From Bismarck to the Beltway: Hoeven Learning Senate RopesNorth Dakota's new Senator and Congressman have only been on the job for a month, but that doesn't mean they aren't already up to their necks in the nation's business.
By: Charley Johnson, WDAZ
This is the second part of our three-part series The Changing Faces of North Dakota Politics. You can see the next installment Thursday on WDAZ News at 10
North Dakota's new Senator and Congressman have only been on the job for a month, but that doesn't mean they aren't already up to their necks in the nation's business.
The move from North Dakota has not changed Senator John Hoeven's agenda. He believes that what's good for North Dakota is good for the country.
"Job creation is job number one, because we grow the economy. We have to hold the line on taxes. We have to reduce the tax burden, because that stimulates economic growth and economic development," Hoeven said.
Hoeven recently got his committee assignments, including at least a two-year seat on the Senate Agriculture committee. It's an important slot this year, because it's time to write a new farm bill.
"Ultimately, good farm policy is good for everybody in the country. But it needs to be a good, cost-effective approach. That's what you're going to see us work on in the Congress as we work on that farm bill," Hoeven said.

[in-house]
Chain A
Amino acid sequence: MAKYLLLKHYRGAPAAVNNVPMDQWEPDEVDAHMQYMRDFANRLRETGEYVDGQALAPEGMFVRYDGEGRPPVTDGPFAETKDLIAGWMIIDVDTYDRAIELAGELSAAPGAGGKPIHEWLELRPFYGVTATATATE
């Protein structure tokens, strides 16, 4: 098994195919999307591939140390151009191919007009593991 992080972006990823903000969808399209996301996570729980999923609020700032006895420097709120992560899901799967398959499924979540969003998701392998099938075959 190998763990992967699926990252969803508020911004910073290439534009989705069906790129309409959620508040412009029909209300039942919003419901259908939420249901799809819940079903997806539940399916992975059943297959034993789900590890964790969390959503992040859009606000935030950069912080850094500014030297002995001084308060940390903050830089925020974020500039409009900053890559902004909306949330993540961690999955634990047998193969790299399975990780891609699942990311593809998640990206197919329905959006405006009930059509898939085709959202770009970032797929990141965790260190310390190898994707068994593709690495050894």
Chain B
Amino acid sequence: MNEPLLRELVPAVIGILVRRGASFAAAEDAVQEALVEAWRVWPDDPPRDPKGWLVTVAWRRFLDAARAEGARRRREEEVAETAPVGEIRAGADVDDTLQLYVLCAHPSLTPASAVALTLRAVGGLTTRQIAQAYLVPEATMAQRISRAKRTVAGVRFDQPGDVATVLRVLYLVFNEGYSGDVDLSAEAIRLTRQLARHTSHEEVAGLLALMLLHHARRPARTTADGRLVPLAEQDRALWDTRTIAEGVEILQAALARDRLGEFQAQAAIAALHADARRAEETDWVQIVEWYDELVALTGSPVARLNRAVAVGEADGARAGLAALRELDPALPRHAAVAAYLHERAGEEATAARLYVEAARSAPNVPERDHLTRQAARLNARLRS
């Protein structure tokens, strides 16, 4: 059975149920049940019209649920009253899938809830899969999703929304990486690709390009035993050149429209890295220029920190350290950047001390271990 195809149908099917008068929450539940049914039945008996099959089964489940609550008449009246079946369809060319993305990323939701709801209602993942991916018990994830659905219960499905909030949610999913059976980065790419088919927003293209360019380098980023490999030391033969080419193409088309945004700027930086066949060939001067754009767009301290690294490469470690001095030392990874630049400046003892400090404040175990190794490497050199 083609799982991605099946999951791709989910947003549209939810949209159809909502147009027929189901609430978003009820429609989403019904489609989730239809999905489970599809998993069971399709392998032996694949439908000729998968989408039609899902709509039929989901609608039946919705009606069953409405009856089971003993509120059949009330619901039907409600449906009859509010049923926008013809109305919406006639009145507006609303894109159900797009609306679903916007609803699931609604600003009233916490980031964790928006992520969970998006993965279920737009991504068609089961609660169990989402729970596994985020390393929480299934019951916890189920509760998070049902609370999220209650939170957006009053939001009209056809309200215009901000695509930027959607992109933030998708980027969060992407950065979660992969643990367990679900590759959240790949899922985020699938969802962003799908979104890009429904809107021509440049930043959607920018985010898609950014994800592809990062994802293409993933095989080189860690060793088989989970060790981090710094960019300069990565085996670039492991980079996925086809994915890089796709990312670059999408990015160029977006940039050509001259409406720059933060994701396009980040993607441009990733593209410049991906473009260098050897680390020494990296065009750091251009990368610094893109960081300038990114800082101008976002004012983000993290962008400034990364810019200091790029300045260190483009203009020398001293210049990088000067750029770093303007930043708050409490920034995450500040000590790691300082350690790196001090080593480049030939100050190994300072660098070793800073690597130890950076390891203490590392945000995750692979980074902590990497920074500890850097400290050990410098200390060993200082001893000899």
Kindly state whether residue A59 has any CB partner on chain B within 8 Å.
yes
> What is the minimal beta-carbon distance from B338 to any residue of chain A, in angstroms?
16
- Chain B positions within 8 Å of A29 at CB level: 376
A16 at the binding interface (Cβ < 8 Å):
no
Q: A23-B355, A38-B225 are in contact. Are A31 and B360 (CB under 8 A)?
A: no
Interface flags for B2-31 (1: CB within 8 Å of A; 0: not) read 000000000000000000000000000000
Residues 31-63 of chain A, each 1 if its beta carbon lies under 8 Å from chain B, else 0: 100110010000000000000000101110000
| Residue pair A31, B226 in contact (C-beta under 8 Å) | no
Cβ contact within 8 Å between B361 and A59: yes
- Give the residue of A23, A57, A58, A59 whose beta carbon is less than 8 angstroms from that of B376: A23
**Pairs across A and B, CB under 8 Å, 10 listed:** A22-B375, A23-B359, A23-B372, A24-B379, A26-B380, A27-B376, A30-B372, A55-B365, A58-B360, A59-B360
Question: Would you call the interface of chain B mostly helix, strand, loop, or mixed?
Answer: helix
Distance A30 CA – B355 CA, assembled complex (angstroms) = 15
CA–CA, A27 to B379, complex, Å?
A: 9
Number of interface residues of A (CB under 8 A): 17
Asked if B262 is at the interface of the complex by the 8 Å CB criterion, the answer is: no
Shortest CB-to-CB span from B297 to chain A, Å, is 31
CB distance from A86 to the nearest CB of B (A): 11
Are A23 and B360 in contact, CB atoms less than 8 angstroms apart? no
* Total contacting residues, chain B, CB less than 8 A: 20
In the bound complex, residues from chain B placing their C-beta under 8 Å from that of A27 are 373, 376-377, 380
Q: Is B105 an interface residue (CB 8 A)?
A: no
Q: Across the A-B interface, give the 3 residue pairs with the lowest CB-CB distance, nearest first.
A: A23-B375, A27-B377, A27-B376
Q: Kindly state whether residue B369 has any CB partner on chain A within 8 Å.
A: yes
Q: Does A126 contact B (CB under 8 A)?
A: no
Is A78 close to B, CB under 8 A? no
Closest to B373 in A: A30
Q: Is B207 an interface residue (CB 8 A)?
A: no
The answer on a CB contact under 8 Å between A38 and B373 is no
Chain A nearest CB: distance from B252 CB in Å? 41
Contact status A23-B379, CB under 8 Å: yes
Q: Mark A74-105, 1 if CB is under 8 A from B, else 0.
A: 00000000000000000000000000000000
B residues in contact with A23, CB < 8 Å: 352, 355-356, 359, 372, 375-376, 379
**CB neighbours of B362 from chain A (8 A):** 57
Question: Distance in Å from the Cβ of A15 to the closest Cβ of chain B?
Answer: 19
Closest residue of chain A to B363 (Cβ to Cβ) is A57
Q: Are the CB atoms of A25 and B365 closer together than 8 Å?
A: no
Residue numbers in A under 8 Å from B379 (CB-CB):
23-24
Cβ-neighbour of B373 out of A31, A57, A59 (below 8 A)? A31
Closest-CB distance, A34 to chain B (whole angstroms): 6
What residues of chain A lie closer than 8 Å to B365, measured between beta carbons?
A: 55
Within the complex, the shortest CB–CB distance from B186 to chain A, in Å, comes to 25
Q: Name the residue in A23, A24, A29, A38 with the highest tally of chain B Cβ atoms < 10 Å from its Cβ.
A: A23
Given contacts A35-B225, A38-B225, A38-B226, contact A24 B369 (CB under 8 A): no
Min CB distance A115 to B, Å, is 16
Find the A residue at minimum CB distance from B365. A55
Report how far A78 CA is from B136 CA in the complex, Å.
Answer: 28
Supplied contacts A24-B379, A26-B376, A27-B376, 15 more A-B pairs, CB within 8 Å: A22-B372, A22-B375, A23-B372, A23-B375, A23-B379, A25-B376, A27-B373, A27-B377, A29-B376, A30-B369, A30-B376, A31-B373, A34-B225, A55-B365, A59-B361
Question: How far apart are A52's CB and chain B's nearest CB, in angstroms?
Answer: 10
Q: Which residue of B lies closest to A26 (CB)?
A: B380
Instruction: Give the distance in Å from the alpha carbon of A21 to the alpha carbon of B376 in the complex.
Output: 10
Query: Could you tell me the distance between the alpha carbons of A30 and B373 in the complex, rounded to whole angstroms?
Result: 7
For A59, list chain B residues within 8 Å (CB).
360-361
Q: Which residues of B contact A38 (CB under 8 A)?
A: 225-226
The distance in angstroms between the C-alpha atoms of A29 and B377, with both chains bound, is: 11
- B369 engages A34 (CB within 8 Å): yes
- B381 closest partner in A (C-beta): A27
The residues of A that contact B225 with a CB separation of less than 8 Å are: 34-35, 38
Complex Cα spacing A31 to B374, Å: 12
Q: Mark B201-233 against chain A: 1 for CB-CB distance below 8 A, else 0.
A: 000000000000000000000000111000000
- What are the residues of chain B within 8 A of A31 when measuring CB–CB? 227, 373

Unlike his freshman counterpart in the House, Hoeven is in the minority party in the Senate. So, in this day of partisan wrangling, which side will be the first to offer significant compromise in order to make some progress on this year's $1.5 trillion deficit, and the $14 trillion debt?
"We're going to have to get bipartisan support to move the kind of legislation that we're talking about. As you look at the big issues of the day, we need that bipartisanship," Hoeven said.
Hoeven's Republican Senate colleagues are happy to have reinforcements, especially, it seems, one who has executive experience as a Governor.
"We're very pleased he's here. He brings a lot of talent, but also perspective of having been the chief executive of a state, with all of the challenges that entails, so we're very pleased," Arizona Senator John McCain said.
Thursday night we'll hear from North Dakota's other Senator, Kent Conrad, on what needs to be done to get the country's deficit and debt under control.